We're acutely aware of improvements in mobile device screen resolution, which are of course offset by improvements in video encoders.  There is tremendous R&D being done in this area, Netflix and Google among others maintain public blogs talking about the encoding ladder algorithms they use, the typical encoding gain over time for a given resolution, etc.  In case you are not aware, many of these services dynamically adjust to the screen resolution and CPU capacity of a device, which means that a Galaxy S9 watching a 4K stream may not be receiving the same stream at all as a laptop with a 4K display.  We've taken some measurements along this line and there is extreme variation that is observable. 
 
In terms of the VRD, all of this is to some extent irrelevant.  One of the core messages of the VRD is that the Total System Throughput (TST) of a VHD area is a fixed block of capacity that is independent of the device count and offered load.  That capacity is then subdivided to Active Device Throughput (ADT) as explained in Chapter EC-2.   But because the TST is largely determined by the RF design and facility type, it is the case that one must adjust the video encoding rates to fit within the availabale ADT.  Not the other way around.  Since most large venues are designed for 1Mbps per-seat peak rate, this is what you have to work with in peak conditions.  During non-peak conditions you will get more ADT per device.  The video encoders typically adapt to channel capacity, and so should uprate/downrate accordingly.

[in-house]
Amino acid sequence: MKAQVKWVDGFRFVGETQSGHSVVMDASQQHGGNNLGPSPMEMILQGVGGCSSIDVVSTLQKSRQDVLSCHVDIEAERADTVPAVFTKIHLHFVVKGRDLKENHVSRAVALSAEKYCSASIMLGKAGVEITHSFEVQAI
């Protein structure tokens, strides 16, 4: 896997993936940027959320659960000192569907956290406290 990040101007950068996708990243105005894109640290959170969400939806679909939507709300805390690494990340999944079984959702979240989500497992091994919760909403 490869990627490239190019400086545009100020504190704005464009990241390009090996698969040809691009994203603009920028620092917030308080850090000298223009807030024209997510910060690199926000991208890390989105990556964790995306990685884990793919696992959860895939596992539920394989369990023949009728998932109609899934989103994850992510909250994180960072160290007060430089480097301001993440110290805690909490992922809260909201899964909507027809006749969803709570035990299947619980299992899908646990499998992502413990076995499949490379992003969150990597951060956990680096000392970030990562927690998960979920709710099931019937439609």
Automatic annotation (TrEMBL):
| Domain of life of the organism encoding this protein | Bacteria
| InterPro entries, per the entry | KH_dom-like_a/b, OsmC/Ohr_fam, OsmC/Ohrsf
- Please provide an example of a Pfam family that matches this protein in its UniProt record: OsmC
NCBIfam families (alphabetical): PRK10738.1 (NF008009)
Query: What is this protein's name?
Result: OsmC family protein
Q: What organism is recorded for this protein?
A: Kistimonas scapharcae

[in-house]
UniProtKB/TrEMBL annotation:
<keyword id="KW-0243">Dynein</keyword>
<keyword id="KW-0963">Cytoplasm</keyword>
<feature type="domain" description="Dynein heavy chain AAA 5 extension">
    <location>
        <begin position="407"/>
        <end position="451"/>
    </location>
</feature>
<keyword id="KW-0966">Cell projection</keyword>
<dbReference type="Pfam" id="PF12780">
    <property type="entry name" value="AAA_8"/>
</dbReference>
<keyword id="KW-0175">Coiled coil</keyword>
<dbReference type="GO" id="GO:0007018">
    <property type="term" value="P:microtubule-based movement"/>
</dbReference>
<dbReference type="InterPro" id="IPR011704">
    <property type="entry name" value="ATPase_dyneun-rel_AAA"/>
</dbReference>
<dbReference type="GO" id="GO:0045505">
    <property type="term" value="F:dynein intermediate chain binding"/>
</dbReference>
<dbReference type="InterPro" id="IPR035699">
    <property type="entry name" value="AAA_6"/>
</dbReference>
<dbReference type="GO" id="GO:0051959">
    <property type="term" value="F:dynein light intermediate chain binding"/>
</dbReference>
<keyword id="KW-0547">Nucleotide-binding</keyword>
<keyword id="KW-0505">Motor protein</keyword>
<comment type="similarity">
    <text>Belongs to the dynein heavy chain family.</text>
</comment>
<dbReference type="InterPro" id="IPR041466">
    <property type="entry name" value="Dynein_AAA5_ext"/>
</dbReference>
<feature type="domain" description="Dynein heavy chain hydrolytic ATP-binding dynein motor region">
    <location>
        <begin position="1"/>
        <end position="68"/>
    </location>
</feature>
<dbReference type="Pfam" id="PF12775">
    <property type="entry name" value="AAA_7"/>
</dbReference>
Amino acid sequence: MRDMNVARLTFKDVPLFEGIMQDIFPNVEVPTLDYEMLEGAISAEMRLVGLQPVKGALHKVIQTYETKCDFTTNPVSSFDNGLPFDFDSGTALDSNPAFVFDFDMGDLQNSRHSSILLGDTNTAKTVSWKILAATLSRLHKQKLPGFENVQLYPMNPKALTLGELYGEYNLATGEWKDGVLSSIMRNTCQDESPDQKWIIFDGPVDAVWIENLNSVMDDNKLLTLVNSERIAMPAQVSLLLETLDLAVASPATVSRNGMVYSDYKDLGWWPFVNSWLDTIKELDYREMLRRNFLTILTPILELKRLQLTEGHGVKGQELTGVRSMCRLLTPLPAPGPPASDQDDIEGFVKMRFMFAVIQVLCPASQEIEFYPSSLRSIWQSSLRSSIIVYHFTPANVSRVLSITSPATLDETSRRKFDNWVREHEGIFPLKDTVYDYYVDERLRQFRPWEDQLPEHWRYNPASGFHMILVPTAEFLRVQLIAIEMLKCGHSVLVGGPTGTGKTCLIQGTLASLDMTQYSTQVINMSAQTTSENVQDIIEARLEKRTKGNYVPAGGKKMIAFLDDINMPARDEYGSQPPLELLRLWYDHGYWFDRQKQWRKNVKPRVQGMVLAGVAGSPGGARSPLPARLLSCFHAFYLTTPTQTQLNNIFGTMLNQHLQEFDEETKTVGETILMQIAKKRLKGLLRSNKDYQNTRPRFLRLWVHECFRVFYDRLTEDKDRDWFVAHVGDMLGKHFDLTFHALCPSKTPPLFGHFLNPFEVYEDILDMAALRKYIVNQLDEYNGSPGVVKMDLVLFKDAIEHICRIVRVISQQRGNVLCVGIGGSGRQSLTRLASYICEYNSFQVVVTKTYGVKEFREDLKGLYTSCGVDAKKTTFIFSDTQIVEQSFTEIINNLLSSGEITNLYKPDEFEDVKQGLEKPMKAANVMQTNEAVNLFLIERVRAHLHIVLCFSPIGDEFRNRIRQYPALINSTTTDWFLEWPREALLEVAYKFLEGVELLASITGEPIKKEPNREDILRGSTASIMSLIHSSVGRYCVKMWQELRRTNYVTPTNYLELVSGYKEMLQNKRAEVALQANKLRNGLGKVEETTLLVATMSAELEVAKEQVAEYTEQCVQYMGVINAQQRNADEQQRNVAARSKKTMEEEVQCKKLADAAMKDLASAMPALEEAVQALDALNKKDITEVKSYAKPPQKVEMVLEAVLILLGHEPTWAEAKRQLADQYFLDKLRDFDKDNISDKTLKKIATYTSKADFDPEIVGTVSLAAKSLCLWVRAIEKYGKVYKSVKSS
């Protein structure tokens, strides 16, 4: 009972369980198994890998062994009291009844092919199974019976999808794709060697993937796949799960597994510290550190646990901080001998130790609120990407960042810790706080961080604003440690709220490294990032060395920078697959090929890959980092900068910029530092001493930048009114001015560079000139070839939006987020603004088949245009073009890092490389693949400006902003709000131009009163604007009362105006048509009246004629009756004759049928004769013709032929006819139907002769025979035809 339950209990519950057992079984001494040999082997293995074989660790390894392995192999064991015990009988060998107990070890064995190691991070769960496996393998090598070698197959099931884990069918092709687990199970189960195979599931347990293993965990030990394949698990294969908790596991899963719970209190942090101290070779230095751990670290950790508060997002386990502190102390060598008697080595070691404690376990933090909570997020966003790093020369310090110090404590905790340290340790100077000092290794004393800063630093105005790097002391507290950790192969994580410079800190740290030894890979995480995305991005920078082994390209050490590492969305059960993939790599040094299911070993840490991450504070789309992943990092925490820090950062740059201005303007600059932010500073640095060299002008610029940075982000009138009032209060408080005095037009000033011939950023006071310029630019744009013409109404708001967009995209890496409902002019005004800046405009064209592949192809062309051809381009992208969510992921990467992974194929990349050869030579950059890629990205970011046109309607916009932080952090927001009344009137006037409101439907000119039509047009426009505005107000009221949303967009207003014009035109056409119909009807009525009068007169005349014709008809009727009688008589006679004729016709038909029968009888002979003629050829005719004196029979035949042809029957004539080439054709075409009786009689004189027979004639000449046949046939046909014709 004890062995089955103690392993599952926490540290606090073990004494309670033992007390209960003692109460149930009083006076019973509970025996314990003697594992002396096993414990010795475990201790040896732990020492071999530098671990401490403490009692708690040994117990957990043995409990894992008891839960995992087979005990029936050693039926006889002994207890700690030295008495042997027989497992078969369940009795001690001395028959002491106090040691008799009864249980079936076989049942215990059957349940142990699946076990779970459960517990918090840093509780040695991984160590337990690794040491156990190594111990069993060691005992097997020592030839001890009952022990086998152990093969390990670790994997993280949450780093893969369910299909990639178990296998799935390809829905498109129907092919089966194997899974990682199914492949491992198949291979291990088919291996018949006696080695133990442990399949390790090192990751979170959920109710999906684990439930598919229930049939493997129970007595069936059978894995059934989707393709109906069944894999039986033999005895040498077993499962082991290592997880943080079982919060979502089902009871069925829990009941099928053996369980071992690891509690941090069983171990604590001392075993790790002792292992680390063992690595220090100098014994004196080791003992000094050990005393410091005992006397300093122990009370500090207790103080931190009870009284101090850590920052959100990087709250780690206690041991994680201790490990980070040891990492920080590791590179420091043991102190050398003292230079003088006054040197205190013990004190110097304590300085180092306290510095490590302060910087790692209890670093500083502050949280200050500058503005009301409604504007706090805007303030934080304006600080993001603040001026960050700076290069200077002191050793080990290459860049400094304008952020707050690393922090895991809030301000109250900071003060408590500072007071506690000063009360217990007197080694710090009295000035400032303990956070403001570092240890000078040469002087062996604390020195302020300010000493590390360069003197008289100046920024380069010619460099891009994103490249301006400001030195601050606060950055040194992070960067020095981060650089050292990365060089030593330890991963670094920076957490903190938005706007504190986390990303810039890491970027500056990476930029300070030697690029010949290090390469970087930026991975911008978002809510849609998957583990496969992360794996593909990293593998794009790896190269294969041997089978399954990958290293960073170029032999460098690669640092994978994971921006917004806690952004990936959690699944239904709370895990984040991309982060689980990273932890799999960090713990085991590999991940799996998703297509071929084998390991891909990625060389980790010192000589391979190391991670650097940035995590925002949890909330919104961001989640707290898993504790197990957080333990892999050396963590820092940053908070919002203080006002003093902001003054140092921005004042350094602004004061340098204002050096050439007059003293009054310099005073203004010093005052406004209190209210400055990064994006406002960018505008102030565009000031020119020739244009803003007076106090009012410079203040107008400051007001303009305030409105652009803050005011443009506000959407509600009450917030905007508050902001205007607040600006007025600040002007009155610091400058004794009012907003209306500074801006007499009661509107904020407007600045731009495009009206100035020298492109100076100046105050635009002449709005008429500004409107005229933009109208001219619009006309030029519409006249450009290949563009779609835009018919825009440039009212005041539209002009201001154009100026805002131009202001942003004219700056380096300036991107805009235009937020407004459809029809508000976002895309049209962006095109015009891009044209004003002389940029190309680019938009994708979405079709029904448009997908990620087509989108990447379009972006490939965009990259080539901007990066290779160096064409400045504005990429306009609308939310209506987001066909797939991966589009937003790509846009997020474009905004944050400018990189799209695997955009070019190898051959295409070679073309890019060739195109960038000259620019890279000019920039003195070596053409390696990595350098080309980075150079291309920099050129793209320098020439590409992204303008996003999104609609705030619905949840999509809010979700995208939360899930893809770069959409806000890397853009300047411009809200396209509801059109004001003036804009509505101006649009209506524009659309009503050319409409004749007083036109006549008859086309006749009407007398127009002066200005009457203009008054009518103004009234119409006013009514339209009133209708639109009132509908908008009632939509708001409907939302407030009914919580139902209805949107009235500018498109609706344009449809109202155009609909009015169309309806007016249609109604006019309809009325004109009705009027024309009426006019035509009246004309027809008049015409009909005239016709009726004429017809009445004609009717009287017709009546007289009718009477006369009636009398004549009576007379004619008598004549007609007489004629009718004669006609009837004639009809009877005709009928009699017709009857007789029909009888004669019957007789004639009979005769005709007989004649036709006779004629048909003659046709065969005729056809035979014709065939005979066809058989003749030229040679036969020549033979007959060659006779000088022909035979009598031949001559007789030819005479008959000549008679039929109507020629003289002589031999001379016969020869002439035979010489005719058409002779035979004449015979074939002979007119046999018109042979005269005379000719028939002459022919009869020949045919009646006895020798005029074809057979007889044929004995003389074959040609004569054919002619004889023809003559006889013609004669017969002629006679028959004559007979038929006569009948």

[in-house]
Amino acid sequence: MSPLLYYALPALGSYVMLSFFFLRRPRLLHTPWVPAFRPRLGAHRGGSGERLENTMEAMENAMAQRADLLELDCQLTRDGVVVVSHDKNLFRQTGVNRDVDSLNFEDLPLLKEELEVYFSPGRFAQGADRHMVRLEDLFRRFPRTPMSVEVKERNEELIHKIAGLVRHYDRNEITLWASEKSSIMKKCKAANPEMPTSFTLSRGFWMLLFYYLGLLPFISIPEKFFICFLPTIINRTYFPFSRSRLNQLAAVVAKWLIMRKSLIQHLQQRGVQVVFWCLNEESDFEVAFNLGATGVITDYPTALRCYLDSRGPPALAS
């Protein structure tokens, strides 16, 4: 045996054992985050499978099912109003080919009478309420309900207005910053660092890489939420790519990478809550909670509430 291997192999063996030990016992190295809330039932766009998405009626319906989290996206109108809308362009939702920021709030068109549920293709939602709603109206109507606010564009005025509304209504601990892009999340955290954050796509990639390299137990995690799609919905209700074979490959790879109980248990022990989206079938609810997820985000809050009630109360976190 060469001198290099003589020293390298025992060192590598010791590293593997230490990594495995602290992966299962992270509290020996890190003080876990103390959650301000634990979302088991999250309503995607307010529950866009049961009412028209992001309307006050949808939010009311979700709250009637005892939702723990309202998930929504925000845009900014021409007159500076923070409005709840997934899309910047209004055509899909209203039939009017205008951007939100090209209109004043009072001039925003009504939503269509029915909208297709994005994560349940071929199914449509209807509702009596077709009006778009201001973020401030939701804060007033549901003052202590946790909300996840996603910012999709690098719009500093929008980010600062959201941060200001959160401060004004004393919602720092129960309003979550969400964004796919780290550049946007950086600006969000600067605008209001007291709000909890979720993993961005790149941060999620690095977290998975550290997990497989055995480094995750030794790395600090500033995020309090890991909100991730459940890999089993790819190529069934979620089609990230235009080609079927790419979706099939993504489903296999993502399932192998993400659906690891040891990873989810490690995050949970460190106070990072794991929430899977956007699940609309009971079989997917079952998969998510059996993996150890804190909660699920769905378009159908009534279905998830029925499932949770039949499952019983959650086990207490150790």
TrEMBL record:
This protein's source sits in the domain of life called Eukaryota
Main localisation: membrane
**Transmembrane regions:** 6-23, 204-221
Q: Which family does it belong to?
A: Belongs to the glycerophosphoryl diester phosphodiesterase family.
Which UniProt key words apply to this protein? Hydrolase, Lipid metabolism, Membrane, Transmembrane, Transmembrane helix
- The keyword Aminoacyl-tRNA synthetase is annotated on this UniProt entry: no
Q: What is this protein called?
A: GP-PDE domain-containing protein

By way of example, the best performing stadiums >70,000 seats are generating ~8Gbps sustained load on 20,000 concurrent devices, which implies an average of just 400Kbps per device.  These "peak" scenarios tend to be dominated by uplink traffic (concert streaming, big event/penalty on the sporting field).  So for the downlink video streaming case you cite typically loads are far smaller and the "effective instantaneous ADT" would be higher.